Lake Trout

Credit: Wisconsin Sea Grant

Taste and Nutrition

Lake trout have roughly the same amount of omega-3 fatty acids (EPA and DHA) as sockeye salmon. The flesh of lake trout is firm, rich in flavor and white to red (often orange) in color. It is oily and is often enjoyed smoked.

How They Are Harvested

Lake trout are harvested using gill nets, and most come from Lake Superior and Lake Erie. Lake trout is the only fish species subject to harvest limits in the Wisconsin waters of Lake Superior, where the total allowable catch is divided among tribal commercial fisheries, state-licensed commercial fisheries, tribal subsistence fishers and state recreational anglers. State and tribal biologists work together to monitor the lake trout population and adjust the allowable catch as needed.

Consumption Advice

State health agencies have found that it is safe to eat Great Lakes lake trout once a month.

Visit these links to find out more information about fish advisories in Wisconsin and the Great Lakes:
Wisconsin Department of Natural Resources: Eating Your Catch
2014 Ohio Sport Fish Health and Consumption Advisory

Biology and History

Lake trout were historically the top Great Lakes predator. They generally live at or near the bottom of the lake, but some may also occur in the open water, far offshore. Because they are solitary fish that hunt alone, they are more difficult to catch commercially than whitefish and yellow perch.

Lake trout may live as long as 20 years. It is the largest of all the trout; the average lake trout generally weighs 7-12 lbs., but the record fish taken from Wisconsin waters is a 47-lb. specimen caught in Lake Superior in 1946.

Historically, lake trout, along with whitefish, sturgeon and herring, were one of the “big four” species of Great Lakes commercial fishing. As early as the 1880s, lake trout numbers began declining, probably due to overfishing and pollution of their spawning areas. However, it was the invasive sea lamprey that nearly wiped out lake trout when the lamprey entered the Upper Great Lakes in the 1930s. Today, Lake Superior supports the only remaining naturally sustaining population of lake trout in the Great Lakes.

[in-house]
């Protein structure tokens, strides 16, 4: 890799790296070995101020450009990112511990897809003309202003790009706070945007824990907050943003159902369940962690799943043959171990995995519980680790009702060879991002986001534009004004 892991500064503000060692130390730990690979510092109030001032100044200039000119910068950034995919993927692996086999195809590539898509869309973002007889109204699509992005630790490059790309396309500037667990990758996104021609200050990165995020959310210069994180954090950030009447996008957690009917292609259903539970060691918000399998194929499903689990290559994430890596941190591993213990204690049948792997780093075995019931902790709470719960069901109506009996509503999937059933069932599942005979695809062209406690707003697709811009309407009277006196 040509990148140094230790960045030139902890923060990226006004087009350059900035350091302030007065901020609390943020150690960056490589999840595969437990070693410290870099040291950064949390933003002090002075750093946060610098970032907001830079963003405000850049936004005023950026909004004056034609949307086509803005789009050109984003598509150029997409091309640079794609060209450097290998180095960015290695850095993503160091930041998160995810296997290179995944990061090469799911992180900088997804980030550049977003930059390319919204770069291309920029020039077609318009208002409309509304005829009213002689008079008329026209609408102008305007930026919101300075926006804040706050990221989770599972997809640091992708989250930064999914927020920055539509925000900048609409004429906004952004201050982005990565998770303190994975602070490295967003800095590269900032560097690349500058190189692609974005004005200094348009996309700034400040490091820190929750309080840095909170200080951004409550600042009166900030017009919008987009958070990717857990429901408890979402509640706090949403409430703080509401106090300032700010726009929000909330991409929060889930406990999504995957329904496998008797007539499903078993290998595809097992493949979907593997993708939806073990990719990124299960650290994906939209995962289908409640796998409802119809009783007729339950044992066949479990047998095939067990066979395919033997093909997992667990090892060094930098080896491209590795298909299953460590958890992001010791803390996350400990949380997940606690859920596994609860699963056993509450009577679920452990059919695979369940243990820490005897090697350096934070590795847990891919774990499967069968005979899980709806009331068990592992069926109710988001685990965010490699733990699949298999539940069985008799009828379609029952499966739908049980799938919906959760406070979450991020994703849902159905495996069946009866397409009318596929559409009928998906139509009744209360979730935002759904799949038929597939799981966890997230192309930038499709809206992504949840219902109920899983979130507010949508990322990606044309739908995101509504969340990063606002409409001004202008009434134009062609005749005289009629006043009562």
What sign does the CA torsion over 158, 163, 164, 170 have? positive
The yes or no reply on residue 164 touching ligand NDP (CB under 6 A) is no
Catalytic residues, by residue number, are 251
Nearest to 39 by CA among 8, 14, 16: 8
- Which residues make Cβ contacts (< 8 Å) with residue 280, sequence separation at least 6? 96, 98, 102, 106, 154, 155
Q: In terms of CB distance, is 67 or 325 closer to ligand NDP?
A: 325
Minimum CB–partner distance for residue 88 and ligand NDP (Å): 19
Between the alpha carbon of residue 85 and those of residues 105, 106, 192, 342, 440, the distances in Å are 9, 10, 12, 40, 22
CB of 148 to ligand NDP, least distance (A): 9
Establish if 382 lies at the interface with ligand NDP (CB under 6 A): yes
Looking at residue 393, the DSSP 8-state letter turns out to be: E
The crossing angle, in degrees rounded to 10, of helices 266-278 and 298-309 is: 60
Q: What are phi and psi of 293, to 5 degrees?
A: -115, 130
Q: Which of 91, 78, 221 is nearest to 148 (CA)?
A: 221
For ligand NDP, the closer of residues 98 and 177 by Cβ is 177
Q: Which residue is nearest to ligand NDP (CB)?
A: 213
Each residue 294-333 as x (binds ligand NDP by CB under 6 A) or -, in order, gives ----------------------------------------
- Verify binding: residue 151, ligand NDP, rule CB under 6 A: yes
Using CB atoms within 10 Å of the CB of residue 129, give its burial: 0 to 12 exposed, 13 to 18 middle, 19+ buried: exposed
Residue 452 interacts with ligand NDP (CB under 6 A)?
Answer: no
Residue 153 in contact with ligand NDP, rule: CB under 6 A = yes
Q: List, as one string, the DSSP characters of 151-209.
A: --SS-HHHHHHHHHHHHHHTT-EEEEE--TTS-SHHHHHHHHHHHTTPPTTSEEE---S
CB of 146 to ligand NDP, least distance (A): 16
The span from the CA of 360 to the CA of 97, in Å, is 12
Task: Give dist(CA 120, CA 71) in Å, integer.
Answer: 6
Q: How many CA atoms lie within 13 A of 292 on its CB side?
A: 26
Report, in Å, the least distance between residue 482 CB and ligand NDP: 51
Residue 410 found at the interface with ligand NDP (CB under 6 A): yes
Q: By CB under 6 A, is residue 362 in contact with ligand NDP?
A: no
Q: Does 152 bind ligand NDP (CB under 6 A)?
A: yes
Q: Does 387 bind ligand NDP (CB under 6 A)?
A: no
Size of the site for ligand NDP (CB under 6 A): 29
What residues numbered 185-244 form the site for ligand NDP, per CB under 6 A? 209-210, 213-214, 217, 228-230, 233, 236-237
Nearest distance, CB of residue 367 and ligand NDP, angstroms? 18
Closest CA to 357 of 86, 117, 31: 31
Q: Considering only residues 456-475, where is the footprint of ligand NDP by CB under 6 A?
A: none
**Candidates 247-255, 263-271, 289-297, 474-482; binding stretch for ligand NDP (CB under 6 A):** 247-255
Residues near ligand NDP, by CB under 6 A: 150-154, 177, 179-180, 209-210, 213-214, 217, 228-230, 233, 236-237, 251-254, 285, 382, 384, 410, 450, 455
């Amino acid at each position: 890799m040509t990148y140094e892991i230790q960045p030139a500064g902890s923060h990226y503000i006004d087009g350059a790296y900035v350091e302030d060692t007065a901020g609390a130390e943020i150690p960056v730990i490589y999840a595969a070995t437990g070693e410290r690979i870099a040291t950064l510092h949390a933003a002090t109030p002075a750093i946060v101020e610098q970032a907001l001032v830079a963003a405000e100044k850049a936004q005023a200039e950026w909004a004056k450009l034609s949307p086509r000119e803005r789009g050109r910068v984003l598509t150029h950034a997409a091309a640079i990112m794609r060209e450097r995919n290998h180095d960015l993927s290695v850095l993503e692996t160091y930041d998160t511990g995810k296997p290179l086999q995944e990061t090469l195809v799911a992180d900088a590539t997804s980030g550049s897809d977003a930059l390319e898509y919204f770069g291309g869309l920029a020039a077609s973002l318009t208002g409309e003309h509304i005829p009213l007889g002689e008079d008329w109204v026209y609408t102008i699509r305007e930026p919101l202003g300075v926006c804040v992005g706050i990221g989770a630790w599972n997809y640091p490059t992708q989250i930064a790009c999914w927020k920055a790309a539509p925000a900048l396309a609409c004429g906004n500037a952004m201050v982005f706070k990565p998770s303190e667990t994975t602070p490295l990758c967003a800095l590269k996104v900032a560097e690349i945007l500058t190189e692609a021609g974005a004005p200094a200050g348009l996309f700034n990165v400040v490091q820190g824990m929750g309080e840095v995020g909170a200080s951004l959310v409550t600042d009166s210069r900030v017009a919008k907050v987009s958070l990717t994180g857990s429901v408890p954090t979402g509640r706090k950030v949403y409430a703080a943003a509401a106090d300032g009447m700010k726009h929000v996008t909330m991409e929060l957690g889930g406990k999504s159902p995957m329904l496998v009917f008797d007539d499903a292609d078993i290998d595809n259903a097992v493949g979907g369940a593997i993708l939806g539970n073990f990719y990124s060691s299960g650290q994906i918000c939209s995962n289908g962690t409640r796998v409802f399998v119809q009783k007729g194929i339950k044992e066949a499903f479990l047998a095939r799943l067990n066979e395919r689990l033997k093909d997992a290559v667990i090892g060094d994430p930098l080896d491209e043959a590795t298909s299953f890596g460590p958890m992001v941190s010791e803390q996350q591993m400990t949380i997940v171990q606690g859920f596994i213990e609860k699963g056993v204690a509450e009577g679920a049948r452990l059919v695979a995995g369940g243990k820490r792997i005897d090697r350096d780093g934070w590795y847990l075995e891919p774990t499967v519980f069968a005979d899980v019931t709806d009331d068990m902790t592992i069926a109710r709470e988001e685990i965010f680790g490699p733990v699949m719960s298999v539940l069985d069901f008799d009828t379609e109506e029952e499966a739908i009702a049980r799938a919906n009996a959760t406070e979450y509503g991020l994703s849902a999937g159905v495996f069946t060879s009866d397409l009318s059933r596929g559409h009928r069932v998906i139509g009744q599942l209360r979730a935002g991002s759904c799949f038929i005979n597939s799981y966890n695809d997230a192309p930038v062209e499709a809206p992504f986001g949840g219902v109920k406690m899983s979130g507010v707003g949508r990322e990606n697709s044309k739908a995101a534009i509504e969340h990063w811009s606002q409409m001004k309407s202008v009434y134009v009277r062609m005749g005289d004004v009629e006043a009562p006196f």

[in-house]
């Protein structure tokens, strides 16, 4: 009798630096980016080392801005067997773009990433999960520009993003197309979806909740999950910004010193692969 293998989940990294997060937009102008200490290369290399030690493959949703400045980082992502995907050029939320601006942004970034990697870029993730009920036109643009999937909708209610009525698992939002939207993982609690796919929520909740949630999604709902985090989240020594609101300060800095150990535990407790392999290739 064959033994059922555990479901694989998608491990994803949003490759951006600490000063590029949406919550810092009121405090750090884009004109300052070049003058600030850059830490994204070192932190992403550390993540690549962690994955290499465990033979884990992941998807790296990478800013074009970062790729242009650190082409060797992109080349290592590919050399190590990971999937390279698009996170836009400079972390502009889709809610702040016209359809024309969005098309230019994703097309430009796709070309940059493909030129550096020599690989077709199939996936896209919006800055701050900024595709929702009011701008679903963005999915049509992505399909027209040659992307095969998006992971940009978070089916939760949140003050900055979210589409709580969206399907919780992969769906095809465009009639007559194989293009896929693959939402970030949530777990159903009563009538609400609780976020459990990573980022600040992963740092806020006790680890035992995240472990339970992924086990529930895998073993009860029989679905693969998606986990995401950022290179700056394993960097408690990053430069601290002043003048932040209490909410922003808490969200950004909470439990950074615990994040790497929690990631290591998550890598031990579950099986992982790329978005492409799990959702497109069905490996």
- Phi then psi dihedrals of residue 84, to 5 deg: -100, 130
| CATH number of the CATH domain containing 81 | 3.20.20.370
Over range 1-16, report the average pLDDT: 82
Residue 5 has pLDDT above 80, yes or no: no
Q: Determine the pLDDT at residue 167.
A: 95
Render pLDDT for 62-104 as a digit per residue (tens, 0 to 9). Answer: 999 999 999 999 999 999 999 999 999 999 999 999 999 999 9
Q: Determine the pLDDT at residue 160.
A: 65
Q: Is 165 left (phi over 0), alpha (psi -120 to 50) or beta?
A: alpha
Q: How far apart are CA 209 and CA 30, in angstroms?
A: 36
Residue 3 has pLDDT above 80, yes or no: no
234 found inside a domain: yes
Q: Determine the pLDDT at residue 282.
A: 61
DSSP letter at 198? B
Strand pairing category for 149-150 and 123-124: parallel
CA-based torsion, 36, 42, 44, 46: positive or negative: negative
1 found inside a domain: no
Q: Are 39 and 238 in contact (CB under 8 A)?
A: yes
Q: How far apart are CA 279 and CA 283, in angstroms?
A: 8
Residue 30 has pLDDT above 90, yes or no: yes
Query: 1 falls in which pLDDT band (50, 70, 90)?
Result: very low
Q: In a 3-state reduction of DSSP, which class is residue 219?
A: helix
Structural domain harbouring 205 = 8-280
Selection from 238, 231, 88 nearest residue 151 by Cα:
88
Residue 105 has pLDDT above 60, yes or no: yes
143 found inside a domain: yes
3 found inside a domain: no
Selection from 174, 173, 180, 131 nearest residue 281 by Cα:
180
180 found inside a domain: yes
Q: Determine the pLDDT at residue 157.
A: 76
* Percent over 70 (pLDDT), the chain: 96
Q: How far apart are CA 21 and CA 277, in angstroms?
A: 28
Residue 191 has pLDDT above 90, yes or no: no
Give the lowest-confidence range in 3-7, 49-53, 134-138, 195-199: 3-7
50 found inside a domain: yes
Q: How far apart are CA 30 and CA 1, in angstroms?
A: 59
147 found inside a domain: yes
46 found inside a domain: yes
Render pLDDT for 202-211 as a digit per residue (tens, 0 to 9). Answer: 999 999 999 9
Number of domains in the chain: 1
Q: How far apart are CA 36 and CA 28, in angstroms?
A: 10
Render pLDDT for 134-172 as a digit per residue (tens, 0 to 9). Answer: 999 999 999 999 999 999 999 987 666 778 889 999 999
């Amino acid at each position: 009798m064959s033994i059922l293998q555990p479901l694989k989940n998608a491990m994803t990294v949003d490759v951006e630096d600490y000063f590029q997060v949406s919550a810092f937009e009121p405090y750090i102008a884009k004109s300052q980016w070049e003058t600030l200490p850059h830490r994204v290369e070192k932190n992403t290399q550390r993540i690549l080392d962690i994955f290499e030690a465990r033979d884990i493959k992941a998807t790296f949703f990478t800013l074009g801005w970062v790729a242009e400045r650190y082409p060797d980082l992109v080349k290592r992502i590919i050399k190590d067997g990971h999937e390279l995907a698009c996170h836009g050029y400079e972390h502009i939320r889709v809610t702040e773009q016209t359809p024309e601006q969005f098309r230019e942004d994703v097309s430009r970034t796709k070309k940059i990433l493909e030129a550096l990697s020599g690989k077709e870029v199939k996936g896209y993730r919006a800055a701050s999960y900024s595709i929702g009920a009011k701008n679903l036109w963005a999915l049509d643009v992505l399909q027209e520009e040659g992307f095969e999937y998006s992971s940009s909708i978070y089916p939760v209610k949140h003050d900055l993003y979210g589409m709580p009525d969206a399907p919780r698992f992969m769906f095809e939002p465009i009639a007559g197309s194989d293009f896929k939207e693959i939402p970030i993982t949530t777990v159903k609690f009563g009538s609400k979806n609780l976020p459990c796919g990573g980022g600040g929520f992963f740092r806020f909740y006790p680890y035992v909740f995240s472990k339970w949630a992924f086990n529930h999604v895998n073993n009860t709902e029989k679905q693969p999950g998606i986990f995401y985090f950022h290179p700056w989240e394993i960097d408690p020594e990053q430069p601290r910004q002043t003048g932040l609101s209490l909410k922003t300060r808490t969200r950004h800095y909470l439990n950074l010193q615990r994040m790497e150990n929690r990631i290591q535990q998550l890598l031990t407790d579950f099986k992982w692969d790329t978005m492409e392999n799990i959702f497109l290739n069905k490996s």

Lake trout are a favorite target of sea lamprey, eel-shaped parasitic fish that have no natural predators in the Great Lakes. Sea lamprey have been managed since 1960 by using the selective chemical TFM that kills young lamprey in streams and rivers. This keeps lamprey numbers low, but without continuous treatment the lamprey population would explode again. After TFM treatments lowered the numbers of lamprey, fisheries biologists began restocking the Great Lakes with lake trout. Some remnant wild lake trout populations in Lake Superior remained, and they eventually fully recovered. However, wild lake trout were completely eliminated from Lake Michigan. The lake trout rehabilitation program in Lake Michigan, coordinated by the Great Lakes Fishery Commission, began in 1965. Since then, 2-3 million yearling lake trout have been stocked each year, funded by the federal government. The fish grew well to adult size, but they failed to reproduce. Finally, in 2013, the Green Bay office of the U.S. Fish and Wildlife Service announced the discovery of a significant number of young and wild lake trout in several areas of Lake Michigan. It appears that lake trout are finally reproducing again in Lake Michigan. While it will still take significant effort to completely restore the population, this is an important step forward.

Research

Warming Lake Superior: Cheers Some Sport Fish, Challenges Others






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